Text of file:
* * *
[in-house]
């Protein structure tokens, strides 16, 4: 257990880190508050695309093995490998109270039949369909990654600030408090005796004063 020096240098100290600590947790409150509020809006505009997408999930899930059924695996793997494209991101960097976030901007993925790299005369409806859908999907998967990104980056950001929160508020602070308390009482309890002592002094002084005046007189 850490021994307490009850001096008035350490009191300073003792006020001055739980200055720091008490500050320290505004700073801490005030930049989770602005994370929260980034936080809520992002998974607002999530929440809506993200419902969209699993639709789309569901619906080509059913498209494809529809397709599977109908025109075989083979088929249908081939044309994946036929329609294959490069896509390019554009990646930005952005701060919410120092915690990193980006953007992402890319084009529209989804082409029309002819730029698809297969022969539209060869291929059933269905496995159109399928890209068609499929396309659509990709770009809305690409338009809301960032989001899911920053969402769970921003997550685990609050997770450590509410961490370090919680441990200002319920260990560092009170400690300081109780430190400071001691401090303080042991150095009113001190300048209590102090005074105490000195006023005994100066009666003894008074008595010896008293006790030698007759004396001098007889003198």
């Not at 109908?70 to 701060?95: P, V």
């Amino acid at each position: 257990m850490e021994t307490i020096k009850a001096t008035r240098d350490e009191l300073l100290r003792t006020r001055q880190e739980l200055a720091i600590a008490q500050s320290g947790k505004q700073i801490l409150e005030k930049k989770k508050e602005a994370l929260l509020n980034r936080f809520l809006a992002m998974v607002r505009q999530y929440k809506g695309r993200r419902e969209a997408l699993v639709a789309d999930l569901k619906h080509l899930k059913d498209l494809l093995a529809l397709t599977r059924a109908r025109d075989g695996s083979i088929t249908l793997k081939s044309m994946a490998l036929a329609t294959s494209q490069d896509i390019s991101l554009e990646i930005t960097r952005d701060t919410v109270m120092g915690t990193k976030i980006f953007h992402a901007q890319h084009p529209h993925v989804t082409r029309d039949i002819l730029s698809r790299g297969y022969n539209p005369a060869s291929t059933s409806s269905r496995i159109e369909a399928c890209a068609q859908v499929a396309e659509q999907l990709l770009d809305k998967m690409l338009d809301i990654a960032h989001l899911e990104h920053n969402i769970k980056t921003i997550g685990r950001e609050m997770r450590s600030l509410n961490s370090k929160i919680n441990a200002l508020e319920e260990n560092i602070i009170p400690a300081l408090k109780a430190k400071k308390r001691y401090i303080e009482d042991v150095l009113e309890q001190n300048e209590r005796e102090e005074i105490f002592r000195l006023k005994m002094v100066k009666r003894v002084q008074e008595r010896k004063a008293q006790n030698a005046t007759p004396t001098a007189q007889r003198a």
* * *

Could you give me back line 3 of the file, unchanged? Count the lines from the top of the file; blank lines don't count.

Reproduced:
């Not at 109908?70 to 701060?95: P, V």